Toys can take forever to assemble | Toddling Through the Silicon Valley | Cheryl Bac | Palo Alto Online |

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Toddling Through the Silicon Valley

By Cheryl Bac

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About this blog: I'm a wife, stay-at-home mom, home cook, marathon runner, and PhD. I recently moved to the Silicon Valley after completing my PhD in Social Psychology and becoming a mother one month apart. Before that, I ran seven marathons incl...  (More)

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Toys can take forever to assemble

Uploaded: Oct 28, 2015
Last night my husband and son spent about two hours assembling a new toy. If either my husband or I had put it together without our son, I'm sure it would have taken a lot less time. But where's the fun in that.

I don't enjoy putting together cribs or other furniture (and neither does my husband) but I did very much enjoy watching our son help build his new toy. Watching my husband and son check the directions, dig through piles for the right pieces and chat about different features was heartwarming...what a team!

Our son's excitement was clearly growing as the toy started resembling the photos he has seen on TV, in catalogs and on the box.

And, while it shouldn't have been a surprise, I loved witnessing the almost a seamless transition from building the toy together to playing with it together.

Some toys are too complicated for a child to help assemble, but when possible, I hope we can repeat this experience with the next sets of toys our son receives.

Do your kids help assemble their toys? Is it an enjoyable or a frustrating experience?
Democracy.
What is it worth to you?

Comments

Posted by Ex Child, a resident of Community Center,
on Oct 29, 2015 at 4:38 pm

Some toys are so complex that only a child has the skills needed to assemble them, skills that atropy with the onset of adolescence.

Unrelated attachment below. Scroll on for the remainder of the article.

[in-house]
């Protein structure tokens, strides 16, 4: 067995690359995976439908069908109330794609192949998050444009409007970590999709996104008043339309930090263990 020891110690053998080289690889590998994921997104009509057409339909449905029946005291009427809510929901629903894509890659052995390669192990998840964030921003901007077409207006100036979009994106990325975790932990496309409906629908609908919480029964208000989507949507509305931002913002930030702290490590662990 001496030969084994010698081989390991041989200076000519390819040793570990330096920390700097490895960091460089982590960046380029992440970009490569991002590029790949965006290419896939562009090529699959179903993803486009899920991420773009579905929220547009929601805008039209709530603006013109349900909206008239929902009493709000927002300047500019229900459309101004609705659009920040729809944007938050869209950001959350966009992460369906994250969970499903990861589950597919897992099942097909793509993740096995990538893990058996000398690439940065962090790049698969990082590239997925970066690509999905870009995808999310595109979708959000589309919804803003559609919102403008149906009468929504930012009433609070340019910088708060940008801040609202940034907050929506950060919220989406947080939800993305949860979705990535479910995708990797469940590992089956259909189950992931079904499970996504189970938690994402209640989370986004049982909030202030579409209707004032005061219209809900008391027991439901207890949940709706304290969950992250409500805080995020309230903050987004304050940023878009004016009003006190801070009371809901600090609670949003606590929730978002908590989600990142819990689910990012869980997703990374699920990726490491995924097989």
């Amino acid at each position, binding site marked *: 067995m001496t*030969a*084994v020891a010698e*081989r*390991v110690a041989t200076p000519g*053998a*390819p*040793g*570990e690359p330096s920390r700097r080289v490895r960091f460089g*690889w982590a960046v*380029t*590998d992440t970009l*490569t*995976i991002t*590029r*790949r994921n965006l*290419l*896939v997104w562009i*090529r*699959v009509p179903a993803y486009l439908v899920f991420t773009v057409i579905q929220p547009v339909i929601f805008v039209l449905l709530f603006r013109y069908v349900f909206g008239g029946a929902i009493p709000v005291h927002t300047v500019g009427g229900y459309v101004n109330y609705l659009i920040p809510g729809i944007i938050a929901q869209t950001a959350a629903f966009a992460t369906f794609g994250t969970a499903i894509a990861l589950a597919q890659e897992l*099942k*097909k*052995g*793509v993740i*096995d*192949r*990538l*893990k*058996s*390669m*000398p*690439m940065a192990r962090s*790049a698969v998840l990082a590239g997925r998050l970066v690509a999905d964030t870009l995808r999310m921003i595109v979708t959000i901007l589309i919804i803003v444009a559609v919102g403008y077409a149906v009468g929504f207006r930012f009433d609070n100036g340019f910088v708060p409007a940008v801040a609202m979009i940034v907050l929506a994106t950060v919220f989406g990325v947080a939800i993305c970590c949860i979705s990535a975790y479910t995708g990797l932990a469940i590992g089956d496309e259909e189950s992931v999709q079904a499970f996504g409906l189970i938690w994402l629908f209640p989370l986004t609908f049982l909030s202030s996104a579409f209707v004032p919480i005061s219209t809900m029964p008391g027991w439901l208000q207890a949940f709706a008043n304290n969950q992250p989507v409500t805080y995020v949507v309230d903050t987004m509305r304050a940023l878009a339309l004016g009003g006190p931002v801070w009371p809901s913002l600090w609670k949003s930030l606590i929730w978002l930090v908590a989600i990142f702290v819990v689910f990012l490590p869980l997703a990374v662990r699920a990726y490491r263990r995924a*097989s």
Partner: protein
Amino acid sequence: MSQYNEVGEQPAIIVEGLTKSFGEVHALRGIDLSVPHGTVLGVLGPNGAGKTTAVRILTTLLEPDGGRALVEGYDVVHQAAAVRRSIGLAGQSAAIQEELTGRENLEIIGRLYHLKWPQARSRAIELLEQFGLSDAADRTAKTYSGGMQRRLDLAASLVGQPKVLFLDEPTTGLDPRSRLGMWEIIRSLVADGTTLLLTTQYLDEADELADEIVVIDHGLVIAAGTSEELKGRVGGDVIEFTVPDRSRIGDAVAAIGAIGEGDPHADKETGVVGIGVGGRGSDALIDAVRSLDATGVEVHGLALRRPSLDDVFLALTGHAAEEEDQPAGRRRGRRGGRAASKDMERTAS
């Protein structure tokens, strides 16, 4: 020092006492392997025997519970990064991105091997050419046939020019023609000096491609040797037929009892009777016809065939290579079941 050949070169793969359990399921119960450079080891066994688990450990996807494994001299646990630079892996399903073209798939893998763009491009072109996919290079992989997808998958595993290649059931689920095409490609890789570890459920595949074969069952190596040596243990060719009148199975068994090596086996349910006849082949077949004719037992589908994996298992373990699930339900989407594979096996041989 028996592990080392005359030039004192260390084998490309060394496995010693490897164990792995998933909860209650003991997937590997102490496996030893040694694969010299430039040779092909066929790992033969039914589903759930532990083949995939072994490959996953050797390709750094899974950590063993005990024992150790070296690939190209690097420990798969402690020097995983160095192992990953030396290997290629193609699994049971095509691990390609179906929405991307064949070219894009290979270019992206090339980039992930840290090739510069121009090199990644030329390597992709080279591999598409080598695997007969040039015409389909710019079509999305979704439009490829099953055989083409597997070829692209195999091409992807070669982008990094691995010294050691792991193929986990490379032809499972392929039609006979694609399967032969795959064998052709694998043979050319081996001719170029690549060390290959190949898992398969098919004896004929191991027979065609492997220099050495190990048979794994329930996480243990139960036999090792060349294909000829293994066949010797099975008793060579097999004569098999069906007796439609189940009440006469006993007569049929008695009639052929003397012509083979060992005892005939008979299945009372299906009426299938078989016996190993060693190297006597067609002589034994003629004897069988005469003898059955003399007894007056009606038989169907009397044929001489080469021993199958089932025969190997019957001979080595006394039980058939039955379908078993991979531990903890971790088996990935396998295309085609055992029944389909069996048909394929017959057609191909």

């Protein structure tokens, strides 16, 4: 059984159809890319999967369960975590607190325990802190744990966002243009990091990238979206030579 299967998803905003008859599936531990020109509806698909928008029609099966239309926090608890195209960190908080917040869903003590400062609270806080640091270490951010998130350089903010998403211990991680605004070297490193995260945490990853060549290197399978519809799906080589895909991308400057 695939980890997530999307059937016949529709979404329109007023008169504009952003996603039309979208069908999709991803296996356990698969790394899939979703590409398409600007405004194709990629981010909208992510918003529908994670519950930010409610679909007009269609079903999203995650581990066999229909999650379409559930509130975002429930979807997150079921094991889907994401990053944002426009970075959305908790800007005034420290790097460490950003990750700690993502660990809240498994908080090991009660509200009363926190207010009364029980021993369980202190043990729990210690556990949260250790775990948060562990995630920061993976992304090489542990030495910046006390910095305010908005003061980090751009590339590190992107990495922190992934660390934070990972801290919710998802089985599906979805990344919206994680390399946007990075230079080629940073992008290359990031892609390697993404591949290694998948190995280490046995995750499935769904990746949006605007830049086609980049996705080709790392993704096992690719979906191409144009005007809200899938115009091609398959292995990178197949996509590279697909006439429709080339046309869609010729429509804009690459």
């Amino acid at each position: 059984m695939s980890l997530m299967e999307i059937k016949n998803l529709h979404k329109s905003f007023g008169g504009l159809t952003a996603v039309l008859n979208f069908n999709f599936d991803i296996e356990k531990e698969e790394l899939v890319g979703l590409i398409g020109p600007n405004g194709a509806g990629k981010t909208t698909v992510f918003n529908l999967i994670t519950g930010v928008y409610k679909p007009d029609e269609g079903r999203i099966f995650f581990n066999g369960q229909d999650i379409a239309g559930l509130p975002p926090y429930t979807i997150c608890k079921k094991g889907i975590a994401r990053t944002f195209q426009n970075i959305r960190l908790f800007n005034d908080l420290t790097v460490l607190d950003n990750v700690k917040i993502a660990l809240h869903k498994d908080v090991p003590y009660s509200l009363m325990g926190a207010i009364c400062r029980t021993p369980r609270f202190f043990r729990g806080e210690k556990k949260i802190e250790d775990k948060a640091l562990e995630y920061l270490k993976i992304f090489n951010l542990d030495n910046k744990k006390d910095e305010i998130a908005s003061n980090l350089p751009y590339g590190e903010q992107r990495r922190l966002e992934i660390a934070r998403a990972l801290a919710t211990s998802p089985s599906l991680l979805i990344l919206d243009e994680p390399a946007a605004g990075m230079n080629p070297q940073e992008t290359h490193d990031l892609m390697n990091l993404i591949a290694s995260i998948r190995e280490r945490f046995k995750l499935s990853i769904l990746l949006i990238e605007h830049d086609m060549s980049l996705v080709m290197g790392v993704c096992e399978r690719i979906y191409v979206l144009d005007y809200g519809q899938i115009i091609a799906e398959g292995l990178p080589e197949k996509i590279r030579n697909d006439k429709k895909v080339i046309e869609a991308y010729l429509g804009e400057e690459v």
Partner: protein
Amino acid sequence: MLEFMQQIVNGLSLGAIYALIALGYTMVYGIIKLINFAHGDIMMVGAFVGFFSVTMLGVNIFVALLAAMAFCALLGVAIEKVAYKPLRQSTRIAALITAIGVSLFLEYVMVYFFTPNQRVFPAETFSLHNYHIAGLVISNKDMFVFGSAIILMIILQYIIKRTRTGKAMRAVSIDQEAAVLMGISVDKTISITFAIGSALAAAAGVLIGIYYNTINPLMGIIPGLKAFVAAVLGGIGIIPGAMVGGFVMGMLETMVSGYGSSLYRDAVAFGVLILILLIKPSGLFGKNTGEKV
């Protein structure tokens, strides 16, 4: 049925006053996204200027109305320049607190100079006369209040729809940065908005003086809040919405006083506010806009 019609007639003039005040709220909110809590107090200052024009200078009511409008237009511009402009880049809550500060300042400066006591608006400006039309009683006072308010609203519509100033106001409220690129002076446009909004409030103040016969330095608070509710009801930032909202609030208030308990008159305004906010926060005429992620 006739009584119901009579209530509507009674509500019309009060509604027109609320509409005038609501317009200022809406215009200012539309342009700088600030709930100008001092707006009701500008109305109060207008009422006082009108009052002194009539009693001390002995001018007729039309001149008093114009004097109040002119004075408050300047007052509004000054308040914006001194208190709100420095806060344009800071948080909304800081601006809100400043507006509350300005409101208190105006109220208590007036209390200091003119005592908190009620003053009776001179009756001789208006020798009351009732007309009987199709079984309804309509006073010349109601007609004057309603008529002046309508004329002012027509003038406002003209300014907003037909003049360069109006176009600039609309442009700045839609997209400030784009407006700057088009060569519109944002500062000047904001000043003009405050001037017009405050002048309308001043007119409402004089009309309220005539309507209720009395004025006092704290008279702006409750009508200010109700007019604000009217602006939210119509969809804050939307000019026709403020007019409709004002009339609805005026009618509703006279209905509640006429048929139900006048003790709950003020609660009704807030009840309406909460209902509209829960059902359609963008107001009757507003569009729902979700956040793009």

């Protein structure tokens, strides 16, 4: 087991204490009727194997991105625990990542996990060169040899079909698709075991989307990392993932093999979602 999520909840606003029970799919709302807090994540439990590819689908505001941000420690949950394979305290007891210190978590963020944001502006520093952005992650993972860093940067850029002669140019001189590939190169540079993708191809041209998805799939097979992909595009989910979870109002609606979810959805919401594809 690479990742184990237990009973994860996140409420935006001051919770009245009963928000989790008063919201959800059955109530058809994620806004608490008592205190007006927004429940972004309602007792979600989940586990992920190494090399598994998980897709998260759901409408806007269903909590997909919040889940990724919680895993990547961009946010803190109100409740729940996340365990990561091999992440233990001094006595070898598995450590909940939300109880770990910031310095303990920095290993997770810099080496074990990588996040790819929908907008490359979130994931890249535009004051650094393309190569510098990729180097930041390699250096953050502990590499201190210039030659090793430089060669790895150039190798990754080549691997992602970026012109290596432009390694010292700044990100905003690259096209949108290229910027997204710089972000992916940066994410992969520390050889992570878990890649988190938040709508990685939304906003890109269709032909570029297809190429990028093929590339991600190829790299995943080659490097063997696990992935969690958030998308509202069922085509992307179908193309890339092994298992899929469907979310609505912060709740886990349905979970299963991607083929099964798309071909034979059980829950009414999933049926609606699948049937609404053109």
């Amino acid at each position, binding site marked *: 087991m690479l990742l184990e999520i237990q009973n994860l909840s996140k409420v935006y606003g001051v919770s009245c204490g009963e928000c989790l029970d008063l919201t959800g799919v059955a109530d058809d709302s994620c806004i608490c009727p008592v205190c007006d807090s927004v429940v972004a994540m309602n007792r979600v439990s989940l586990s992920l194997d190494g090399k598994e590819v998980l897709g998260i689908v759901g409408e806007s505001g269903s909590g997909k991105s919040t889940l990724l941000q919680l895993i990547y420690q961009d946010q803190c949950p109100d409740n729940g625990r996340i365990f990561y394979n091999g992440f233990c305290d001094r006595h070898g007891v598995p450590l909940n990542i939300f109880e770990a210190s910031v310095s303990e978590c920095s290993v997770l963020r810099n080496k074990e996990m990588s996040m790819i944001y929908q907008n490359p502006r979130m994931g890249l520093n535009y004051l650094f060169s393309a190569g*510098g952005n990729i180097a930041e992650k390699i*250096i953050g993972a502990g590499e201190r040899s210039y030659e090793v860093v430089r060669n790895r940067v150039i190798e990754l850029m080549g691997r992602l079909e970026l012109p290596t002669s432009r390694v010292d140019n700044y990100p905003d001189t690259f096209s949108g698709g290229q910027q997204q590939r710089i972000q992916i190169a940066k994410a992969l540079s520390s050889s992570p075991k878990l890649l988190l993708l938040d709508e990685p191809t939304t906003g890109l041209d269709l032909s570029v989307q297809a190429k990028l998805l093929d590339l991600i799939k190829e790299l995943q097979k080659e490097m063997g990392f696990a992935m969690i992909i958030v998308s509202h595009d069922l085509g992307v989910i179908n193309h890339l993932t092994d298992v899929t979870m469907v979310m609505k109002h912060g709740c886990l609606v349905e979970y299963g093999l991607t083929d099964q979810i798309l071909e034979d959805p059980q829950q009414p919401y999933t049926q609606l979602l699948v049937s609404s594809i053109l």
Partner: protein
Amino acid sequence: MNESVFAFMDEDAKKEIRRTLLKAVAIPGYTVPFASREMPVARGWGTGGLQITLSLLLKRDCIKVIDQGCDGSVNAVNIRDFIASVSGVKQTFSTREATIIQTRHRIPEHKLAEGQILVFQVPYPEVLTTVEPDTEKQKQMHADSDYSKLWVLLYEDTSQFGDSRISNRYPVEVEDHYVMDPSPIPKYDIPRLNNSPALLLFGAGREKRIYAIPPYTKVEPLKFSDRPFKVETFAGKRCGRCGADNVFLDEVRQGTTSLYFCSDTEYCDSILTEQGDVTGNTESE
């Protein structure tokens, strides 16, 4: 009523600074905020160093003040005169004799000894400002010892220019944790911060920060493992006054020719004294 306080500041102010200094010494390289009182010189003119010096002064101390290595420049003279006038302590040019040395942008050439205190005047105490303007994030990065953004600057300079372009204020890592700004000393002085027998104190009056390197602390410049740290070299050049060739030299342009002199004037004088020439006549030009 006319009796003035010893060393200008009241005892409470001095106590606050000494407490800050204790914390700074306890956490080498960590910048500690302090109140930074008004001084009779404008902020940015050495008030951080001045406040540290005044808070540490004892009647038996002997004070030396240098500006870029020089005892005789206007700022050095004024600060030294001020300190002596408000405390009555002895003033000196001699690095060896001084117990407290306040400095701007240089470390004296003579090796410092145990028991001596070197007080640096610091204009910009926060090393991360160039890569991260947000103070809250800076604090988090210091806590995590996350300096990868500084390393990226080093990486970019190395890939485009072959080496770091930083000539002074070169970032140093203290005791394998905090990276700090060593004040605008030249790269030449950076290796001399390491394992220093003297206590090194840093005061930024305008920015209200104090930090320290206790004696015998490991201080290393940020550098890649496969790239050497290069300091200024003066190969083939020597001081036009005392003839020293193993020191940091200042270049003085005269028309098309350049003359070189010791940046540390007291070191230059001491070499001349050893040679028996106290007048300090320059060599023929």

Posted by Cheryl Bac, a Palo Alto Online blogger,
on Oct 29, 2015 at 8:57 pm

Cheryl Bac is a registered user.

Ex Child - Thanks for commenting. Yes, assembling toys with a young child is a unique experience.


Posted by Reader, a resident of another community,
on Oct 30, 2015 at 10:22 am

As a kid, I enjoyed a lot of gifts that were *INTENDED* to be assembled by the child: wood blocks, Legos, erector sets, electronic kits, chemistry sets, plastic models, train sets, etc. I also enjoyed a wide variety of art supplies; crayons and colored construction paper gave way to colored pens/pencils, paints and brushes, etc.

As I got older, some of these activities spilled into household tasks like assembling the new BBQ grill, cooking/baking, etc.

Today's kids also enjoy things like building their own gaming PCs, programming Arduino robots, writing software, etc.

Based on my own experience and those of friends, a kid who enjoys these types of activities will quickly move beyond the point of constant adult supervision.


Posted by Mother of 4 , a resident of Palo Verde School,
on Oct 30, 2015 at 4:24 pm

I think the parent/child assembly idea is a good one to start while young. Not only for toys, but anything a child will have to use. I can remember a lot of help when our eldest's first "big bed" arrived and the help we had with all the bits and pieces and the excitement of the first try out as the mattress was placed on the bed and then once again as the sheets and pillows were placed on top. The fact that the child has pictures of the before, during and after as well as first night time experience in pjs with the lamp turned on shows the pride in the accomplishment. Some of the toys will be forgotten in a few years, but this bed will hopefully be around for a long time and even though the pattern on the sheets will change, the bed itself as the "bed I made myself" is priceless.

The skills in assembling toys, furniture, anything in the house, are a little like helping to cook simple meals, are the skills that can be used forever. Starting young is a great idea.


Posted by Cheryl Bac, a Palo Alto Online blogger,
on Oct 30, 2015 at 6:43 pm

Cheryl Bac is a registered user.

Reader - Thanks for sharing your experience. Yes, our son also likes many toys that are intended to be assembled by a child. At this age, train tracks are a big hit - at first it's fun to assemble them as shown on the box, but then it's even more fun to create your own tracks.

Mother of 4 - Yes, definitely a skill that he can use over and over again. What a great idea to take photos of them assembling the bed, before, during and after it's complete.


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